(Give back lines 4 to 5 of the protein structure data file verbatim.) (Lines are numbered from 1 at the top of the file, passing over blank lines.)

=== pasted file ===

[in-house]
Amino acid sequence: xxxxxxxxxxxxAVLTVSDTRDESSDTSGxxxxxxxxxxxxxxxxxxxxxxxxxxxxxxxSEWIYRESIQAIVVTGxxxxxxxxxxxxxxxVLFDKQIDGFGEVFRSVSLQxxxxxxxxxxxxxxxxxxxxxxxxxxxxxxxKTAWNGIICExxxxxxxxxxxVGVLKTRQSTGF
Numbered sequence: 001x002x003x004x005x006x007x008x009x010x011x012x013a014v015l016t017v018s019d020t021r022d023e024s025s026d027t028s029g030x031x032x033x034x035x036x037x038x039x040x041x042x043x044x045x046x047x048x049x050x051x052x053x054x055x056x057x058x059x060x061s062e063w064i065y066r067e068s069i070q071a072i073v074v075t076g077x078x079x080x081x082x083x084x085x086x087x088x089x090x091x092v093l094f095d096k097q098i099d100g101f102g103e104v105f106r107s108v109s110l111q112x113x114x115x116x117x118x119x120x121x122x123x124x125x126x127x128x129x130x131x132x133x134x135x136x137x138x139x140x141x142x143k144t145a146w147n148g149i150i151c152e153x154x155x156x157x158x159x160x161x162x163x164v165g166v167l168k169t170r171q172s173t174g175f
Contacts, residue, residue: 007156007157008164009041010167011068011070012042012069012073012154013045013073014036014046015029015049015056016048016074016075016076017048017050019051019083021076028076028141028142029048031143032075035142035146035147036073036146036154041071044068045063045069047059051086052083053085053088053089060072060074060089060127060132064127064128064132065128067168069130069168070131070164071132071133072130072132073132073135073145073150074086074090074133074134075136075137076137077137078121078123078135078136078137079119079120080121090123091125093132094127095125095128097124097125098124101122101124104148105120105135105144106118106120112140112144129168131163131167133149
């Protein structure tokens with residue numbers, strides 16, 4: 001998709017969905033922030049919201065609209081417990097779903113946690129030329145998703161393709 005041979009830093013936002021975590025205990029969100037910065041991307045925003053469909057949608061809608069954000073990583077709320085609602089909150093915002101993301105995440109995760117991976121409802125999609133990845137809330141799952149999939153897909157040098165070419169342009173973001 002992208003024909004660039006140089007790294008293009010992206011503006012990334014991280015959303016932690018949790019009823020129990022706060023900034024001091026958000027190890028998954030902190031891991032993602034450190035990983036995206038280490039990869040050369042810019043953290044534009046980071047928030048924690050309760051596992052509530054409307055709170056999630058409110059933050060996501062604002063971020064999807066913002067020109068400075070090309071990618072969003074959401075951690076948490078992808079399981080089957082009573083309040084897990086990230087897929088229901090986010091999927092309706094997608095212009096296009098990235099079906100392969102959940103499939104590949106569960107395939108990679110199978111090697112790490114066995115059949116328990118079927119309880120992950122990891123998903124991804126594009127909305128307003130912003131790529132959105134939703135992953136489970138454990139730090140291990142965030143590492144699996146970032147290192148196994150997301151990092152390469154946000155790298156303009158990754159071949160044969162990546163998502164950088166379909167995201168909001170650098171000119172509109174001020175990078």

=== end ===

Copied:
Contacts, residue, residue: 007156007157008164009041010167011068011070012042012069012073012154013045013073014036014046015029015049015056016048016074016075016076017048017050019051019083021076028076028141028142029048031143032075035142035146035147036073036146036154041071044068045063045069047059051086052083053085053088053089060072060074060089060127060132064127064128064132065128067168069130069168070131070164071132071133072130072132073132073135073145073150074086074090074133074134075136075137076137077137078121078123078135078136078137079119079120080121090123091125093132094127095125095128097124097125098124101122101124104148105120105135105144106118106120112140112144129168131163131167133149
């Protein structure tokens with residue numbers, strides 16, 4: 001998709017969905033922030049919201065609209081417990097779903113946690129030329145998703161393709 005041979009830093013936002021975590025205990029969100037910065041991307045925003053469909057949608061809608069954000073990583077709320085609602089909150093915002101993301105995440109995760117991976121409802125999609133990845137809330141799952149999939153897909157040098165070419169342009173973001 002992208003024909004660039006140089007790294008293009010992206011503006012990334014991280015959303016932690018949790019009823020129990022706060023900034024001091026958000027190890028998954030902190031891991032993602034450190035990983036995206038280490039990869040050369042810019043953290044534009046980071047928030048924690050309760051596992052509530054409307055709170056999630058409110059933050060996501062604002063971020064999807066913002067020109068400075070090309071990618072969003074959401075951690076948490078992808079399981080089957082009573083309040084897990086990230087897929088229901090986010091999927092309706094997608095212009096296009098990235099079906100392969102959940103499939104590949106569960107395939108990679110199978111090697112790490114066995115059949116328990118079927119309880120992950122990891123998903124991804126594009127909305128307003130912003131790529132959105134939703135992953136489970138454990139730090140291990142965030143590492144699996146970032147290192148196994150997301151990092152390469154946000155790298156303009158990754159071949160044969162990546163998502164950088166379909167995201168909001170650098171000119172509109174001020175990078």